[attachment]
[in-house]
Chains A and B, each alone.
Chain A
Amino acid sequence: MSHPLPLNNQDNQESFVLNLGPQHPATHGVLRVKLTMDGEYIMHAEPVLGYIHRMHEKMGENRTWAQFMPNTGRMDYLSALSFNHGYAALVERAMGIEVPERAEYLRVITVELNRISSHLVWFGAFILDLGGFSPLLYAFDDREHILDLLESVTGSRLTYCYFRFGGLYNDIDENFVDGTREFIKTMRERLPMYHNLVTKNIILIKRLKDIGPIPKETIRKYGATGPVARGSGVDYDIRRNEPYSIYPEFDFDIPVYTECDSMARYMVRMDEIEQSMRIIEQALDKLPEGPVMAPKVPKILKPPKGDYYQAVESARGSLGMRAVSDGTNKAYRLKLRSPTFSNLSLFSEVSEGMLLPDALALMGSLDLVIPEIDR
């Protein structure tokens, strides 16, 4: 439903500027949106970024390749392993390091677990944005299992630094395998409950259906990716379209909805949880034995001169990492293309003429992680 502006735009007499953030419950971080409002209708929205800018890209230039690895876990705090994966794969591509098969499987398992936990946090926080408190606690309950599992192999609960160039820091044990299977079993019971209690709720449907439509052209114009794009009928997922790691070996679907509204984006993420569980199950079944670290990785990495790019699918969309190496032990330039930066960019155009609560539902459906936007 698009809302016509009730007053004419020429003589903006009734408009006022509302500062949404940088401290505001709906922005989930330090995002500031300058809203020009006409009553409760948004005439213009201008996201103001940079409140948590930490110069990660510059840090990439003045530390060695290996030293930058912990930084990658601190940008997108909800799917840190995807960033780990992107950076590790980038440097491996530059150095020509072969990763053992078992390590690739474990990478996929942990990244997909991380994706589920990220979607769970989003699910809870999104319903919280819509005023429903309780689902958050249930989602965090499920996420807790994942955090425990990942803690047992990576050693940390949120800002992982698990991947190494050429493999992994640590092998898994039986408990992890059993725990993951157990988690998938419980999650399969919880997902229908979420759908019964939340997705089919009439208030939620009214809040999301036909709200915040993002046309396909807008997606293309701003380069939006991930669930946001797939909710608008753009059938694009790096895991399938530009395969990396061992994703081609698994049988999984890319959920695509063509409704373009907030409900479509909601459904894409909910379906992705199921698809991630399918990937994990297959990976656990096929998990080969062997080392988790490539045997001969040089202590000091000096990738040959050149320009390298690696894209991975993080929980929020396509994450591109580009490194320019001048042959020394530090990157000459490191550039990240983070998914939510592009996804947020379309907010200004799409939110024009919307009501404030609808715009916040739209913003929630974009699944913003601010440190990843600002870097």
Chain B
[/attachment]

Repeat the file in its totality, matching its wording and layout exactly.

[in-house]
Chains A and B, each alone.
Chain A
Amino acid sequence: MSHPLPLNNQDNQESFVLNLGPQHPATHGVLRVKLTMDGEYIMHAEPVLGYIHRMHEKMGENRTWAQFMPNTGRMDYLSALSFNHGYAALVERAMGIEVPERAEYLRVITVELNRISSHLVWFGAFILDLGGFSPLLYAFDDREHILDLLESVTGSRLTYCYFRFGGLYNDIDENFVDGTREFIKTMRERLPMYHNLVTKNIILIKRLKDIGPIPKETIRKYGATGPVARGSGVDYDIRRNEPYSIYPEFDFDIPVYTECDSMARYMVRMDEIEQSMRIIEQALDKLPEGPVMAPKVPKILKPPKGDYYQAVESARGSLGMRAVSDGTNKAYRLKLRSPTFSNLSLFSEVSEGMLLPDALALMGSLDLVIPEIDR
């Protein structure tokens, strides 16, 4: 439903500027949106970024390749392993390091677990944005299992630094395998409950259906990716379209909805949880034995001169990492293309003429992680 502006735009007499953030419950971080409002209708929205800018890209230039690895876990705090994966794969591509098969499987398992936990946090926080408190606690309950599992192999609960160039820091044990299977079993019971209690709720449907439509052209114009794009009928997922790691070996679907509204984006993420569980199950079944670290990785990495790019699918969309190496032990330039930066960019155009609560539902459906936007 698009809302016509009730007053004419020429003589903006009734408009006022509302500062949404940088401290505001709906922005989930330090995002500031300058809203020009006409009553409760948004005439213009201008996201103001940079409140948590930490110069990660510059840090990439003045530390060695290996030293930058912990930084990658601190940008997108909800799917840190995807960033780990992107950076590790980038440097491996530059150095020509072969990763053992078992390590690739474990990478996929942990990244997909991380994706589920990220979607769970989003699910809870999104319903919280819509005023429903309780689902958050249930989602965090499920996420807790994942955090425990990942803690047992990576050693940390949120800002992982698990991947190494050429493999992994640590092998898994039986408990992890059993725990993951157990988690998938419980999650399969919880997902229908979420759908019964939340997705089919009439208030939620009214809040999301036909709200915040993002046309396909807008997606293309701003380069939006991930669930946001797939909710608008753009059938694009790096895991399938530009395969990396061992994703081609698994049988999984890319959920695509063509409704373009907030409900479509909601459904894409909910379906992705199921698809991630399918990937994990297959990976656990096929998990080969062997080392988790490539045997001969040089202590000091000096990738040959050149320009390298690696894209991975993080929980929020396509994450591109580009490194320019001048042959020394530090990157000459490191550039990240983070998914939510592009996804947020379309907010200004799409939110024009919307009501404030609808715009916040739209913003929630974009699944913003601010440190990843600002870097």
Chain B